From the ground to the gallery

Adam Silverman gets chummy with the earth when he works.

The ceramist's contentment is obvious when his wet hands are immersed in clay, kneading, smoothing and glazing pots.

But he almost didn't follow his instincts.

With experience in architecture and the garment industry, Silverman decided to put his days as a hobby artist behind him and become a full-time potter in September 2002. He gave himself one year to work earnestly and discover if he could make a go of it. Fast forward 11 years, and he remarks that the experiment was a success, emboldening him to make the switch.

"It's fundamental and primitive," he said about the art form. "There's chemistry, art and design involved. It's challenging, and I really enjoy that."

The Rhode Island School of Design graduate will be spotlighted at the Laguna Art Museum from Sunday to Jan. 19. While his pieces and installations have been featured elsewhere, "Clay and Space" is his first one-man show and the one he deems his "most ambitious."

Silverman's exhibit will share space with the site's fifth installment in its ex•pose series, highlighting interdisciplinary artist Richard Kraft, and "Sea Change: Tanya Aguíñiga's Bluebelt Forest." An opening reception will take place from 6 to 9 p.m. Saturday.

These displays are in keeping with the museum's recently announced Art & Nature initiative, scheduled for Nov. 7 through 10. Marinta Stupin, the venue's director of education, says the conference and festival will celebrate facets of Laguna Beach.

"The Laguna Art Museum traces its roots to a group of artists whose subject was the natural environment," she said. "They were incredibly accomplished Impressionist landscape painters, and their legacy to us lies not only in the paintings they left behind, but in the very existence of the museum. Art & Nature will be an opportunity for the museum to showcase the much-loved paintings of those early Impressionists, as well as the work of contemporary artists who make nature a central part of their work in new and exciting ways."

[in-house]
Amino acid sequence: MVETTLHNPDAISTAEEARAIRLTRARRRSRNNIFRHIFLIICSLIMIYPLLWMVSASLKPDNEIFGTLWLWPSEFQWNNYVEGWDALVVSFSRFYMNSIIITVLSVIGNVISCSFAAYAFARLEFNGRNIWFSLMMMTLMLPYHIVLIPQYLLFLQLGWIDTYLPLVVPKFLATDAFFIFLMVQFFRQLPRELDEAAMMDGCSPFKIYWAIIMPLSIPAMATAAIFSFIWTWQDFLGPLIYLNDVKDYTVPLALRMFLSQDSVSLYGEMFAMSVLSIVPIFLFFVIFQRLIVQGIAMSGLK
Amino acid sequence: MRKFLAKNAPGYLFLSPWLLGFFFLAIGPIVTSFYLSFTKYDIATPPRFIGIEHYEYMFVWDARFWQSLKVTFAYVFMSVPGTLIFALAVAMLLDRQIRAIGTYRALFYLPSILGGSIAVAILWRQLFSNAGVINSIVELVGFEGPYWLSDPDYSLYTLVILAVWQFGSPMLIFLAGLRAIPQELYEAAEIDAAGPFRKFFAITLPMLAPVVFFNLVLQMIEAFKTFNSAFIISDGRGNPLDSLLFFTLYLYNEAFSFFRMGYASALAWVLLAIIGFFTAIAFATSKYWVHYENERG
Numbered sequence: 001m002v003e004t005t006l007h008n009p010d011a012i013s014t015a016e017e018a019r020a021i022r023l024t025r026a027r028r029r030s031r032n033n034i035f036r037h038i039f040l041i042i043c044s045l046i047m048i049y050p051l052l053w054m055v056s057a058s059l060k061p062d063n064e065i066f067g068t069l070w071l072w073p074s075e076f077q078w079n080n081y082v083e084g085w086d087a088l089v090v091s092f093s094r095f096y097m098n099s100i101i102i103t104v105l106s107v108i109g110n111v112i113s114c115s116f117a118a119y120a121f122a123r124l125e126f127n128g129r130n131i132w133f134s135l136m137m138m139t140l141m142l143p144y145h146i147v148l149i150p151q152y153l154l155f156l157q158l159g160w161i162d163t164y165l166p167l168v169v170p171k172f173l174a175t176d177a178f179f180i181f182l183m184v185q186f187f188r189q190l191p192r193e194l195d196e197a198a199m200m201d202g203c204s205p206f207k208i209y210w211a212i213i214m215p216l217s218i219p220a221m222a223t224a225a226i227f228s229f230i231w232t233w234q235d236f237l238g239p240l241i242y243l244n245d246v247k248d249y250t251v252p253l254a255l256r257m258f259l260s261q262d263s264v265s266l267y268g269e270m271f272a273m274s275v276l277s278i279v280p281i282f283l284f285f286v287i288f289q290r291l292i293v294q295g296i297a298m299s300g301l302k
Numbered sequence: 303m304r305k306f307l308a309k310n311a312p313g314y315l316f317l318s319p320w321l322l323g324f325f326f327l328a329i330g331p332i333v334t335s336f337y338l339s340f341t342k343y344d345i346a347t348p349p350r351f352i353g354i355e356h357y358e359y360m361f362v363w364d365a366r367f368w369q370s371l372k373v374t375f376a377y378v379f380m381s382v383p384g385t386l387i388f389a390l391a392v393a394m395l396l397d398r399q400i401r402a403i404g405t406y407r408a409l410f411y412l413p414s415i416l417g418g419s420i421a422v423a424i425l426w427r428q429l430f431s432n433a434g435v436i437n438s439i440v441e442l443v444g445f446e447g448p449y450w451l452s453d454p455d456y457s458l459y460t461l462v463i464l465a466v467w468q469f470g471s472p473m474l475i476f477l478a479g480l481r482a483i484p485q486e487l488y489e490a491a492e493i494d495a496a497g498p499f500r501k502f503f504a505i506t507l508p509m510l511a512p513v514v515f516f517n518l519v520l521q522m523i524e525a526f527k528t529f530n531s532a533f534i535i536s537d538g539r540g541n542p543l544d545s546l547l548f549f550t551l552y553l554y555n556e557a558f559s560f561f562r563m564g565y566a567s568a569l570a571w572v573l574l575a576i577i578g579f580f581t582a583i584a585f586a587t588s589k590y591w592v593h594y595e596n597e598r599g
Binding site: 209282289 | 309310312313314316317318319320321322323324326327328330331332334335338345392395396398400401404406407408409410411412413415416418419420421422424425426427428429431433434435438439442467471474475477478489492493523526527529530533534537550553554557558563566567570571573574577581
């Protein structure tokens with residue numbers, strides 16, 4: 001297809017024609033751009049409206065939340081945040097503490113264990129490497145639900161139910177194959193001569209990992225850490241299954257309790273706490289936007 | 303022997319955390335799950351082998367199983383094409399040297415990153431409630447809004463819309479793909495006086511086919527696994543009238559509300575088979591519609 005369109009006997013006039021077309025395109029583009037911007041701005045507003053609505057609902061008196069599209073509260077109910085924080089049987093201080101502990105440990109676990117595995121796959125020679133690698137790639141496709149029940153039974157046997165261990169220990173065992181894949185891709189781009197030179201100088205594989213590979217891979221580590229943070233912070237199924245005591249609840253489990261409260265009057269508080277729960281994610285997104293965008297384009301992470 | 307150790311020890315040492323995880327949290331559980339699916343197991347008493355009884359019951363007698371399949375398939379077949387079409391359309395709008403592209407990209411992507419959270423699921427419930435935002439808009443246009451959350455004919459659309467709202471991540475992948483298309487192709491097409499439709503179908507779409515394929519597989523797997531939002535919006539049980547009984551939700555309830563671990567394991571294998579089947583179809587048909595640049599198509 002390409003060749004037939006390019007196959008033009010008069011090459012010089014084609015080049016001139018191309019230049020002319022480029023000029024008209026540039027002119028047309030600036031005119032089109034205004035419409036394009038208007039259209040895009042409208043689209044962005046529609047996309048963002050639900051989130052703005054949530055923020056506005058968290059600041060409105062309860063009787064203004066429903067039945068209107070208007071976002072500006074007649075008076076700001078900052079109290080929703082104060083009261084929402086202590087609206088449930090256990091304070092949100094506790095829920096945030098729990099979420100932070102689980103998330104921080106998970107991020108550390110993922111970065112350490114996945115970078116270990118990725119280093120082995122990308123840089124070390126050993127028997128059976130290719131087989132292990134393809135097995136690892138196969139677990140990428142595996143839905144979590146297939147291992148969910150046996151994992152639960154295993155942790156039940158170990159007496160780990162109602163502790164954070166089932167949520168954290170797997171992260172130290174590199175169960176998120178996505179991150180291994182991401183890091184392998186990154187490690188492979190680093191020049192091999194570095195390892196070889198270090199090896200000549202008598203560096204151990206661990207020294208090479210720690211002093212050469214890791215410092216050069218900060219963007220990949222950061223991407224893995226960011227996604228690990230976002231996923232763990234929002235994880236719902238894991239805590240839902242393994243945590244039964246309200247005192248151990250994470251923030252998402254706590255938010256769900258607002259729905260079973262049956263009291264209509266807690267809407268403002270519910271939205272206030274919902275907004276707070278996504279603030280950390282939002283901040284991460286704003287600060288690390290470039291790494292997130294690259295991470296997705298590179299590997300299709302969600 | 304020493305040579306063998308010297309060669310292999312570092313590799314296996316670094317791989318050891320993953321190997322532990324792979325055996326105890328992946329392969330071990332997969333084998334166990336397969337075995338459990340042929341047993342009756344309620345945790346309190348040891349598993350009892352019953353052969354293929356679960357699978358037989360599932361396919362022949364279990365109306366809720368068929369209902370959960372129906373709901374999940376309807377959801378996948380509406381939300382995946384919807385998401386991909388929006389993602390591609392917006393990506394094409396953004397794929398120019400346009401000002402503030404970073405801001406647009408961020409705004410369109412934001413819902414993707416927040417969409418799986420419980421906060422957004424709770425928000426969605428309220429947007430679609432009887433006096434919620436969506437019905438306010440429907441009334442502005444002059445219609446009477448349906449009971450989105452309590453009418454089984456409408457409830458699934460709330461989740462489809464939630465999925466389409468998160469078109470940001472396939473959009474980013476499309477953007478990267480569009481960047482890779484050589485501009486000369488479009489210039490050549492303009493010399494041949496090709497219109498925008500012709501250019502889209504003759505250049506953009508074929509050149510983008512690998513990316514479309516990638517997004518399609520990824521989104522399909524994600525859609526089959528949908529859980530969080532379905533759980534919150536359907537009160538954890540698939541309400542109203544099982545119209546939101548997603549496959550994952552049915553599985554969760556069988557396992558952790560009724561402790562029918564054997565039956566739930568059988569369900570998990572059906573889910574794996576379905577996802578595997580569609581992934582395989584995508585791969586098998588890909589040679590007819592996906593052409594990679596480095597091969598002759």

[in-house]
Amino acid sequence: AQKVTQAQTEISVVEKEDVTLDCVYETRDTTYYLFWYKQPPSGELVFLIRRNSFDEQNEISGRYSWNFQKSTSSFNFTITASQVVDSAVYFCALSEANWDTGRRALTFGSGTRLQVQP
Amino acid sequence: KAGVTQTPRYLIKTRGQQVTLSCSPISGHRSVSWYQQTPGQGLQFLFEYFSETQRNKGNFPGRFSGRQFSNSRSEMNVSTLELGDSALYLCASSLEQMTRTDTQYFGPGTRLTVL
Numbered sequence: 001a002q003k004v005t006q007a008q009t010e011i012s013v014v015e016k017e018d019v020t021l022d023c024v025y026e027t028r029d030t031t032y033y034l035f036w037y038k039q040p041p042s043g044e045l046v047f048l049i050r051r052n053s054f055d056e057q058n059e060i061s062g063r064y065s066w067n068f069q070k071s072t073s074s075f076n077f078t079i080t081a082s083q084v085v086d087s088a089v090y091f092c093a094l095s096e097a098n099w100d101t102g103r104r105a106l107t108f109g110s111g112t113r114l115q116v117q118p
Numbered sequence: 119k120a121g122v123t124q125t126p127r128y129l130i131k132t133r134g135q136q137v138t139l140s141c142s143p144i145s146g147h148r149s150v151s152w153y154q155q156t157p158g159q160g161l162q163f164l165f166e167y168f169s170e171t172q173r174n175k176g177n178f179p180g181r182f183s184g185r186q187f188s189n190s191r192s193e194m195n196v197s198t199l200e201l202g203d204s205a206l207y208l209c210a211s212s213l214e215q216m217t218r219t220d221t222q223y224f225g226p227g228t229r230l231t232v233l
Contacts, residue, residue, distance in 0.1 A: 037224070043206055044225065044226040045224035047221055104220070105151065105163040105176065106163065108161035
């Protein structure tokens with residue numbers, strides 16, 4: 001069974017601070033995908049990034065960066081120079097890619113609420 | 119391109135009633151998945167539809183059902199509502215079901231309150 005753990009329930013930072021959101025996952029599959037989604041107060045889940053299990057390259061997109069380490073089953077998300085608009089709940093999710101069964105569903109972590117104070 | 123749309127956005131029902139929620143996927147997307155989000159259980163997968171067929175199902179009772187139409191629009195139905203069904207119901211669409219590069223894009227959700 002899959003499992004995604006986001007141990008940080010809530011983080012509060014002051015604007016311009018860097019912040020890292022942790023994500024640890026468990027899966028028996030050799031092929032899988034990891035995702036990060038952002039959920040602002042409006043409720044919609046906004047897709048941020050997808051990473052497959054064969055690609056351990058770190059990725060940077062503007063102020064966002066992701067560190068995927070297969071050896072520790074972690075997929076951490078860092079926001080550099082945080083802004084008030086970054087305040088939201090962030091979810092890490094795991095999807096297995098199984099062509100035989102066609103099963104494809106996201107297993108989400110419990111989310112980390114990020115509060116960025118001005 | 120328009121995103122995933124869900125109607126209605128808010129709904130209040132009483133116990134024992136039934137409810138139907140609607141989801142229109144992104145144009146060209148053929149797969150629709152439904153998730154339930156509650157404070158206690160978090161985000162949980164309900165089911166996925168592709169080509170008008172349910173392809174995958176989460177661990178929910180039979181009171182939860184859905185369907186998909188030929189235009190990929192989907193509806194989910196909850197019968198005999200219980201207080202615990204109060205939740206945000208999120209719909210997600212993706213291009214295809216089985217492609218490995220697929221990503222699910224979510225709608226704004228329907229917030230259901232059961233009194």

While art and cultural historians, scientists and environmentalists will be on hand early next month, local businesses and organizations, including Artists Republic 4 Tomorrow, JoAnne Artman Gallery, Boys & Girls Club of Laguna Beach, Festival of Arts and others, will simultaneously host gatherings focused on the outdoors.

According to museum Executive Director Malcolm Warner, the upcoming exhibitions by three Los Angeles-based artists, and new items from the museum's permanent collection, are inspired by or touch upon art and nature, though in different ways.

Warner first encountered Silverman at the Nasher Sculpture Center in Dallas a few years ago, when the former worked at the Kimbell Art Museum in Fort Worth. He recalled being immediately stimulated by the potter's "combination of old-fashioned craftsmanship with imaginative freedom."

Silverman, the subject of Skira Rizzoli's latest book, "Adam Silverman Ceramics," spent last week placing his 17 pieces and two installations in four galleries throughout the museum. Rooms are outfitted with pots in plexiglass boxes cascading down the walls, photographs and pots — fired in Laguna's bonfire pits — marked with seaweed and salt from the Pacific Ocean and clay from the canyon. The exhibit also features two videos that create illusions.